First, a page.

The blockchain industry has made significant strides in the last decade, particularly with the advent of cryptocurrency. Thanks to the success of tokens like bitcoin, blockchain has been firmly placed on the world map and has gained much more attention and users. Despite all of this, it is fair to state that the first generation of blockchains had a number of issues.
For example, many of the first-generation blockchains were not built to scale and rarely offer more than 20 to 30 transactions per second. Additionally, many blockchain interfaces were too complex for average people to use effectively and this limited the number of people who could take advantage of them. There were also limits imposed on its functionality.
Blockchain can be used for many industries but it has been restricted mostly to financial programs. Finally, there was an issue of the legal framework in that cryptocurrency is widely used and accepted in some countries but banned in others. While the last decade has seen the industry make many strides, these issues need to be addressed if blockchain is going to survive into the future and see the global scale of use that it seeks.
Many of these problems were prominent in first-generation blockchains but thankfully, we are currently in the fifth generation of blockchains and several issues have been addressed. While cryptocurrency is likely the most publicly visible form of blockchain use, ecosystems based on blockchain are being used for data warehouses, games, and so on.
More development has also been made in blockchain security and things like scalability, 51% attack vulnerability as well as high power consumption have been addressed to a certain degree. Additionally, some more benefits have been offered to consumers such as lower cost and faster transaction time. One blockchain that is leading the way in developing the fifth generation of blockchain is QChain, which first appeared in early 2021 but will be introducing its main functionality by the end of the year.
How QChain Works
A quick look at QChain shows that scalability is at the heart of its operations. This is because QChain was initially created to accommodate a wide as possible range of users. This included people who are new to crypto, experts as well as government agencies and even private firms and as a result, QChain supports a wide range of operations.
It is also very accessible in terms of devices supported as it can be used through anything from a smartphone to a supercomputer. It is also built to be as understandable as possible with a very simple interface that even non-blockchain users will find easy to understand.
With smart contracts, which are one of the most innovative applications of blockchain, up to five people can be used to leverage a smart contract at the same time. The most popular tokens like Bitcoin and Ether are supported by QChain and while its full functionality will be coming at the end of the year, a number of products and services are already live.
Qchain, like many blockchain ecosystems, has its own native token in form of the Qtoken, which is used for trading crypto, paying for goods and services, and receiving dividends. There have been three sales of the token which included a private round and two rounds of a public sale and tokens from the general pool were sold during that time.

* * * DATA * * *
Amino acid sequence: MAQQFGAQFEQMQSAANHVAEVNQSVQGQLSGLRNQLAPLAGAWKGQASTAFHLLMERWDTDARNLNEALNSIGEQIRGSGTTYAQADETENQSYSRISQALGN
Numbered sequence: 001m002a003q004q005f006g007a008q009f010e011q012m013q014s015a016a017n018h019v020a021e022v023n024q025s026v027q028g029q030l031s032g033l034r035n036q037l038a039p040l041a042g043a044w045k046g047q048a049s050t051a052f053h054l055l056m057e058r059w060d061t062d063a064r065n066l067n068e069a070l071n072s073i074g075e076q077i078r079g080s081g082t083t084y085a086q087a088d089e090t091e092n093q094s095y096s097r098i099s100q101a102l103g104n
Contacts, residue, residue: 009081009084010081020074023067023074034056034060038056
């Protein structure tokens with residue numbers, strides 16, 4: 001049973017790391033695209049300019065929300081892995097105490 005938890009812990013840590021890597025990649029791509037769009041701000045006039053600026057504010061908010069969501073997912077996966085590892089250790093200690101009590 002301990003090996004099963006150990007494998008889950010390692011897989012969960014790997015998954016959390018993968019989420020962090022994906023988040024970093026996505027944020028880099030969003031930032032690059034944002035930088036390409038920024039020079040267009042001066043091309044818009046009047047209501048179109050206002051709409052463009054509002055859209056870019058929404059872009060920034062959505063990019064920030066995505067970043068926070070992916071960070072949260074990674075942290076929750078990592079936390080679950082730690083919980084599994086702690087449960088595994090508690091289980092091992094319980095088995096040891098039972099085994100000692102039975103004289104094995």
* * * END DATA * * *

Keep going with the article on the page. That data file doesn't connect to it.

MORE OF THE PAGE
There is also the possibility of staking tokens in the Qchain ecosystem to make a passive income which has become quite popular among crypto users. Qswap is where the buying and selling of cryptocurrencies can take place in the ecosystem and considering the high global transaction volumes of crypto trading, this is a very relevant platform.
QChain has also gotten into the NFT sector which has bloomed in the last year with the Qtoken NFT through which unique digital assets can be sold. There is also the Magic Lotto which allows users to play the lottery with instant payouts and transparency. There are several other features that QChain will be offering and all are designed to not only offer their customers the best but also make sure the pitfalls of the first-generation blockchains are avoided.
For example, compared to the first generation of blockchains that offer 20 to 30 transactions per second, QChain has already been able to achieve 100,000 transactions per second which allow for widespread use among consumers. QChain also uses both the proof-of-stake and proof-of-trust consensus which means it uses much less energy than proof-of-work systems such as bitcoin. The versatility in which it can be used on devices means that it is more accessible to everyone and is moving away from the previous inaccessibility that required specialized systems.
While the first generation of blockchains led the way in introducing blockchain technology to the world, the current fifth-generation is building upon it and eliminating many of the initial issues. Qchain is clearly one of such blockchains and as its full functionality rollout approaches, we are likely to see even more from them.
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